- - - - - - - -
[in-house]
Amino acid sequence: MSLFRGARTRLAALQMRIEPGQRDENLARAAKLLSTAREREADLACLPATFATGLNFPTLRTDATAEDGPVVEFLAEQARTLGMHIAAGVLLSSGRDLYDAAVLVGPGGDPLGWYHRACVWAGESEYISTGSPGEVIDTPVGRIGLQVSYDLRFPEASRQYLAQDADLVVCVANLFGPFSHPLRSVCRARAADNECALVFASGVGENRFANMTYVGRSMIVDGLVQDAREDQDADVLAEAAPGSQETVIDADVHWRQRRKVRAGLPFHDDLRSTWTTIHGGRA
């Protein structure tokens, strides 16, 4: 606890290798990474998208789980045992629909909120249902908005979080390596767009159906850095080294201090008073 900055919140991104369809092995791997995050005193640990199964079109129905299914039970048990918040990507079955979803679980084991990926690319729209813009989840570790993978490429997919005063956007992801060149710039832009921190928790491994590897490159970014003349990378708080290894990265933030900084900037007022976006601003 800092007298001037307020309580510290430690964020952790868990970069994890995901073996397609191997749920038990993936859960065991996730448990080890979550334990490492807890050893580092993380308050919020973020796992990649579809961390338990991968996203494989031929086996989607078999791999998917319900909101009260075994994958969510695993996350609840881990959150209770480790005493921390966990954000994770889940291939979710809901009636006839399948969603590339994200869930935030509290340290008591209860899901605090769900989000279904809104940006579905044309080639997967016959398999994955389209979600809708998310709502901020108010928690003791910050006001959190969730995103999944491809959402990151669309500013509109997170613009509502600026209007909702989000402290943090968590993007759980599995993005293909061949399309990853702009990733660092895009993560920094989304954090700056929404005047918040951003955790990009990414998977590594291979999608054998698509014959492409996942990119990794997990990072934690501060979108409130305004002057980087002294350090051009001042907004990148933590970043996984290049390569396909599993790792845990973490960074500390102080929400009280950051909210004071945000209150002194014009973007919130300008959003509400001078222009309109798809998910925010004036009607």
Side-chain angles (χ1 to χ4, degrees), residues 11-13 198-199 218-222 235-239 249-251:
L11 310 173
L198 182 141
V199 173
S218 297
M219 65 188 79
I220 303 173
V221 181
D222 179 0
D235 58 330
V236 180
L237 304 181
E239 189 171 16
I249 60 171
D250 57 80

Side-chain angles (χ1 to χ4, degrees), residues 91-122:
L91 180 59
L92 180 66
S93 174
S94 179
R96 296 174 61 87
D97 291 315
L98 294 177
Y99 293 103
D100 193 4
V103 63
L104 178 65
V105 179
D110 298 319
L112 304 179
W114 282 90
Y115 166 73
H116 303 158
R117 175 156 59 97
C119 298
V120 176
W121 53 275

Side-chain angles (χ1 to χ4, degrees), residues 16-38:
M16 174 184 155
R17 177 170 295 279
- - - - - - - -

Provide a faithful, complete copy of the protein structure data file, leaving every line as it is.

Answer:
[in-house]
Amino acid sequence: MSLFRGARTRLAALQMRIEPGQRDENLARAAKLLSTAREREADLACLPATFATGLNFPTLRTDATAEDGPVVEFLAEQARTLGMHIAAGVLLSSGRDLYDAAVLVGPGGDPLGWYHRACVWAGESEYISTGSPGEVIDTPVGRIGLQVSYDLRFPEASRQYLAQDADLVVCVANLFGPFSHPLRSVCRARAADNECALVFASGVGENRFANMTYVGRSMIVDGLVQDAREDQDADVLAEAAPGSQETVIDADVHWRQRRKVRAGLPFHDDLRSTWTTIHGGRA
């Protein structure tokens, strides 16, 4: 606890290798990474998208789980045992629909909120249902908005979080390596767009159906850095080294201090008073 900055919140991104369809092995791997995050005193640990199964079109129905299914039970048990918040990507079955979803679980084991990926690319729209813009989840570790993978490429997919005063956007992801060149710039832009921190928790491994590897490159970014003349990378708080290894990265933030900084900037007022976006601003 800092007298001037307020309580510290430690964020952790868990970069994890995901073996397609191997749920038990993936859960065991996730448990080890979550334990490492807890050893580092993380308050919020973020796992990649579809961390338990991968996203494989031929086996989607078999791999998917319900909101009260075994994958969510695993996350609840881990959150209770480790005493921390966990954000994770889940291939979710809901009636006839399948969603590339994200869930935030509290340290008591209860899901605090769900989000279904809104940006579905044309080639997967016959398999994955389209979600809708998310709502901020108010928690003791910050006001959190969730995103999944491809959402990151669309500013509109997170613009509502600026209007909702989000402290943090968590993007759980599995993005293909061949399309990853702009990733660092895009993560920094989304954090700056929404005047918040951003955790990009990414998977590594291979999608054998698509014959492409996942990119990794997990990072934690501060979108409130305004002057980087002294350090051009001042907004990148933590970043996984290049390569396909599993790792845990973490960074500390102080929400009280950051909210004071945000209150002194014009973007919130300008959003509400001078222009309109798809998910925010004036009607």
Side-chain angles (χ1 to χ4, degrees), residues 11-13 198-199 218-222 235-239 249-251:
L11 310 173
L198 182 141
V199 173
S218 297
M219 65 188 79
I220 303 173
V221 181
D222 179 0
D235 58 330
V236 180
L237 304 181
E239 189 171 16
I249 60 171
D250 57 80

Side-chain angles (χ1 to χ4, degrees), residues 91-122:
L91 180 59
L92 180 66
S93 174
S94 179
R96 296 174 61 87
D97 291 315
L98 294 177
Y99 293 103
D100 193 4
V103 63
L104 178 65
V105 179
D110 298 319
L112 304 179
W114 282 90
Y115 166 73
H116 303 158
R117 175 156 59 97
C119 298
V120 176
W121 53 275

Side-chain angles (χ1 to χ4, degrees), residues 16-38:
M16 174 184 155
R17 177 170 295 279